15. Antigen Presentation and Dendritic Cells 2. Overview of Dendritic Cells, cont.: D. Mature DC’s: Antigen Presenting Cells a. Reduced capacity for antigen uptake b. Increased antigen presentation and T cell stimulation (better than macrophages) c. Redistribution of MHC II from intracellular compartments to cell surface d. MIICs replaced by CIIVs where peptide loading occurs e. CIIVs deliver peptide-loaded MHC II to cell surface f. Dramatic increase in cell surface expression of co-stimulatory molecules g. MHC II loaded with peptide at cell surface has a much longer half life h. Surface expression of co-stimulatory molecules i. Long dendritic processes (membrane folds) for capture of T cells j. Chemokine receptor expression for migration & homing to lymph nodes From Mellman and Steinman, Cell 106: 255 (2001) MIIC J. R. Lingappa, Pabio 552

  16. Antigen Presentation and Dendritic Cells 3. Dendritic Cell Paradoxes: 1. How are 9 - 16 amino acid peptides (ideal for antigen presentation) produced? Lysosomes normally degrade proteins to single amino acids. DC’s regulate lysosomal proteolysis in a developmentally-linked fashion. This may occur in endosome-like vesicles that are specialized for antigen processing. Macrophages contain high levels of proteases resulting in rapid and complete degradation. In contrast, DC’s are protease poor with limited capacity for proteasomal degradation. Dellamare et al., Science 307: 1630, 2005 Limited lysosomal proteolysis favors antigen presentation. J. R. Lingappa, Pabio 552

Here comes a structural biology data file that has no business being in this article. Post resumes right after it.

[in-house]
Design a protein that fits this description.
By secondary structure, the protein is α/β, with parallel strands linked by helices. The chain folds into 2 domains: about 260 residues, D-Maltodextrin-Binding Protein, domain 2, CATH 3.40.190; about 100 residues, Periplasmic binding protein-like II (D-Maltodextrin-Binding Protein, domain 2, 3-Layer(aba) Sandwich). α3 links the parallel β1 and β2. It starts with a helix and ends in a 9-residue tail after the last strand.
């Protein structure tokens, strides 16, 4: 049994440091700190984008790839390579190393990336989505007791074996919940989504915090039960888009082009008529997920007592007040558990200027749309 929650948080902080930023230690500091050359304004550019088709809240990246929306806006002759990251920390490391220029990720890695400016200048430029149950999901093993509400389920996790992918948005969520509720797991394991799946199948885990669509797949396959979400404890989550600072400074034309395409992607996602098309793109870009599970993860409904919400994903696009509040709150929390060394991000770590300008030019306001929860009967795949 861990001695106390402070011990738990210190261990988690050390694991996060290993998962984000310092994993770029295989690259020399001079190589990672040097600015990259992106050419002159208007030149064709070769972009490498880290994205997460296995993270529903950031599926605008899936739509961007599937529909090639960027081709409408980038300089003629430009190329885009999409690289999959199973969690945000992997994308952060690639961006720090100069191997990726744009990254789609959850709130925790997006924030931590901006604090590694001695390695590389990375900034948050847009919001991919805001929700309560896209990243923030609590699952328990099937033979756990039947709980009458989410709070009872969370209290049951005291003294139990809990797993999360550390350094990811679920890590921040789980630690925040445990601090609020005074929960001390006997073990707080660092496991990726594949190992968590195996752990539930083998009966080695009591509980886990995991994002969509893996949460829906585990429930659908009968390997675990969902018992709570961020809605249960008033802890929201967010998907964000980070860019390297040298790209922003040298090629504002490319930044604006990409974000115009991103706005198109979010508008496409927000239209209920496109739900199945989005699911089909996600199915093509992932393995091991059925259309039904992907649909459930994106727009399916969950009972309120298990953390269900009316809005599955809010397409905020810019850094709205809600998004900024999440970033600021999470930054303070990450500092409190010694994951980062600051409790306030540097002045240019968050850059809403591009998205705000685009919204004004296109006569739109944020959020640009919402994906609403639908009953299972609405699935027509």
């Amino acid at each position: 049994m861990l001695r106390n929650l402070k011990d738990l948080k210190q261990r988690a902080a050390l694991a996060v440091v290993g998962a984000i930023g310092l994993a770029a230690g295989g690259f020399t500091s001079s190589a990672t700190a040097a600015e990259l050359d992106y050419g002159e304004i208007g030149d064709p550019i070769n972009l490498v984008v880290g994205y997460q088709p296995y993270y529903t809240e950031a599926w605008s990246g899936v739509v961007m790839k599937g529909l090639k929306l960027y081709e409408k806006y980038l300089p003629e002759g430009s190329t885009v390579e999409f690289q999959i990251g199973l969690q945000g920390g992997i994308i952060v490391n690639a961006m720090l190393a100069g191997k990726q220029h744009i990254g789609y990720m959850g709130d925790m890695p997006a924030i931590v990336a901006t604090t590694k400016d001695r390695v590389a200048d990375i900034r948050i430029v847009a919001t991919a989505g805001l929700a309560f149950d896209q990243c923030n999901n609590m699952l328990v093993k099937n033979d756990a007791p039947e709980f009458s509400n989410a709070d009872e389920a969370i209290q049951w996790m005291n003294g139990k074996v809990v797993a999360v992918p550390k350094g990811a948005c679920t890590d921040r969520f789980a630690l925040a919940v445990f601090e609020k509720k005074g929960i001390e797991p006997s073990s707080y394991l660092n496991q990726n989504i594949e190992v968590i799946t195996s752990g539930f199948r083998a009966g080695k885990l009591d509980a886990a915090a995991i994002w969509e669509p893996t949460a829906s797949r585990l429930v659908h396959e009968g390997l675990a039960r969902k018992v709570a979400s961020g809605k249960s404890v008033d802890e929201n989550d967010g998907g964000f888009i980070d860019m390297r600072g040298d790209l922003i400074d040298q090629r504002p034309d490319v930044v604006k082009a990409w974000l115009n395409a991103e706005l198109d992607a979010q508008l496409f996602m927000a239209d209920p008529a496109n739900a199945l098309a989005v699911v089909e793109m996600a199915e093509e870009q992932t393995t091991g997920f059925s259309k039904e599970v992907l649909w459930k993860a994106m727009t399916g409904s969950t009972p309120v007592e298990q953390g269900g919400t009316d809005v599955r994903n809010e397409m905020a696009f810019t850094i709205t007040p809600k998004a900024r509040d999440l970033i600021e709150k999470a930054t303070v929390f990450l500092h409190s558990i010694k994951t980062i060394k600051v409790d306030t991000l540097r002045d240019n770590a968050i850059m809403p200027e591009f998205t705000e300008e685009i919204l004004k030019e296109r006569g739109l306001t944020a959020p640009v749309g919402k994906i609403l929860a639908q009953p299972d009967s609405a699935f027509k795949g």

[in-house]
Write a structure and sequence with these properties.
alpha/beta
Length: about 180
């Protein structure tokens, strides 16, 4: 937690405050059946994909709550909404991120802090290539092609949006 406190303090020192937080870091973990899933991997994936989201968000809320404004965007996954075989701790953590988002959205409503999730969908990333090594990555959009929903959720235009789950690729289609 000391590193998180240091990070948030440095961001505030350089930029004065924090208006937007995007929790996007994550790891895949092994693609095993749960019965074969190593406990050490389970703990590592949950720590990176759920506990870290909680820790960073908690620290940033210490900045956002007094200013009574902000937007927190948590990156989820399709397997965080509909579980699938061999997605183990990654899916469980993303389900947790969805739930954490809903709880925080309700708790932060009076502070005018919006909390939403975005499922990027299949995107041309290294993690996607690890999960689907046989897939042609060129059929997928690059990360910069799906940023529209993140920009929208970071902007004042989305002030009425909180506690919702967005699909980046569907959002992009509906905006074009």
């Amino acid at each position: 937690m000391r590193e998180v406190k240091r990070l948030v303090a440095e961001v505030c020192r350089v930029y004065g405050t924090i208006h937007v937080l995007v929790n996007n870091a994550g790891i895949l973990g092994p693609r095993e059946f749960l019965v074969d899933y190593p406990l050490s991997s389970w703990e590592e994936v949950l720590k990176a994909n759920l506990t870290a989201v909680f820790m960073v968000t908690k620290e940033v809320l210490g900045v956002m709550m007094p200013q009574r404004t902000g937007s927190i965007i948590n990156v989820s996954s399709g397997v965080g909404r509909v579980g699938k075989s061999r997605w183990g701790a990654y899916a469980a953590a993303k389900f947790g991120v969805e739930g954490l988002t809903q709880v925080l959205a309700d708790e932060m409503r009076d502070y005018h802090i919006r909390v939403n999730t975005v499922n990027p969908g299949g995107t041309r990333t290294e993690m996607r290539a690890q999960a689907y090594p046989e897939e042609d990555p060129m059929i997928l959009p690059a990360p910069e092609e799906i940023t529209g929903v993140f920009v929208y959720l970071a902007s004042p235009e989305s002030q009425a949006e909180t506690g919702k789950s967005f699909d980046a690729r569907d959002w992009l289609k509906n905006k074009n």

17. Antigen Presentation and Dendritic Cells 3. Dendritic Cell Paradoxes: 2. How do DC’s present antigen that was sequestered in lysosomes for days? Lysosomal enzyme content, pH, and morphology are regulated in DC’s. A. Regulation of post-translational trafficking of MHC II: 1. Regulation of cathepsin S Cathepsin S cleaves Ii chain that occupies the MHC II peptide binding groove. Immature DCs: cystatin C antiprotease slows Ii cleavage - MHC II goes to lysosomes. Mature DC’s: cystatin C activity decreases, cathepsin S activity increases and more MHC II reaches the cell surface. 2. Regulation of vacuolar ATPase Low pH favors peptide loading onto MHC II DC maturation lowers endosomal pH Low pH results from recruitment of cytoplasmic ATPase subunits forming functional ATPase Trombetta et al. Science 299: 1400, 2003. (Helicobacter and MTb have ways to block the reduced endosomal pH) J. R. Lingappa, Pabio 552 Trombetta and Mellman, Annual Reviews of Immunology, 23:975, 2005